Dr Dominic Farris
Senior Lecturer


Research interests

Human movement requires that many muscles exert forces and do mechanical work on the skeleton in an efficient and coordinated manner. The way in which muscles with different morphologies and mechanical constraints contribute to movements may vary depending on the objectives and constraints of a movement. My research is focussed on how muscles of the lower limb contribute to producing steady locomotion and powerful bursts of movement. Of particular interest is how the architecture of muscles dictates their contribution to movement and how movement is optimised. To investigate such paradigms, my work incorporates ultrasound imaging, motion analysis, electromyography and simulation techniques to experimentally and theoretically study muscle mechanics during locomotion. I am also interested in taking inspiration from biological musculoskeletal mechanisms to help develop wearable devices that augment or assist human movement.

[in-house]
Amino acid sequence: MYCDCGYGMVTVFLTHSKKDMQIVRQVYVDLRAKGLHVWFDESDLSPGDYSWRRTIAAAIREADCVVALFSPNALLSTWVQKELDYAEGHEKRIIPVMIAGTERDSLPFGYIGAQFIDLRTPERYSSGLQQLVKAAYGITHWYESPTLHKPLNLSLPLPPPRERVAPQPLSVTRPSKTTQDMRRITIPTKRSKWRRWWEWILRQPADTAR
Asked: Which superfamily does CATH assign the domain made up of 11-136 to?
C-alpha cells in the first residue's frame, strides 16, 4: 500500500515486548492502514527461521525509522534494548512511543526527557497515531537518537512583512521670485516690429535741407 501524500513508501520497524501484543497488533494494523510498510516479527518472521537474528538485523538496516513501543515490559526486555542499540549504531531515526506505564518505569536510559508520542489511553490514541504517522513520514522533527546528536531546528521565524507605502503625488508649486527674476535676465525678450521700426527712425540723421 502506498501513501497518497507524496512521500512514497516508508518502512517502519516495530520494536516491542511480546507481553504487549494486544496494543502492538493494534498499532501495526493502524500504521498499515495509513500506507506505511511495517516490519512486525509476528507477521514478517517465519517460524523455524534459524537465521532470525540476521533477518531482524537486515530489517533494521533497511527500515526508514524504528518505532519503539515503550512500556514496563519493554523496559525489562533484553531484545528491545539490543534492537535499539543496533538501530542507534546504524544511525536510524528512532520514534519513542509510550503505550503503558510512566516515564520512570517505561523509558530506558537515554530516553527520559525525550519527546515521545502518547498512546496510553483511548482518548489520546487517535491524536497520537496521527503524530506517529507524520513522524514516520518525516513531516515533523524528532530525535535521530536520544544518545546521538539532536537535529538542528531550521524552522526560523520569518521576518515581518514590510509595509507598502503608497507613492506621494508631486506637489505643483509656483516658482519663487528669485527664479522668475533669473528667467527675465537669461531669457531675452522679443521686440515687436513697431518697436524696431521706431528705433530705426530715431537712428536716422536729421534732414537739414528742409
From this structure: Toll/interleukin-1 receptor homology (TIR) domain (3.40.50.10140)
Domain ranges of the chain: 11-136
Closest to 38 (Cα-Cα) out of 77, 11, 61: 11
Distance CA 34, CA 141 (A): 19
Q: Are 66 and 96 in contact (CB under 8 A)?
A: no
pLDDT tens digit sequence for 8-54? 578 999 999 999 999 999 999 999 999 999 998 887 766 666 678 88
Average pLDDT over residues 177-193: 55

Research projects

Example current projects include:

  • Examining the neuromechanical function of the human foot during walking and running
  • Studying lower limb and muscle mechanics during jumping to understand movement preferences and design a jumping exotendon
  • How do muscles with series elasticity contribute to mechanical work in a range of tasks
  • How does the human foot interact with different surfaces

Research grants

  • 2017 Australian Research Council
    Optimising the spring in your step to enhance footwear design

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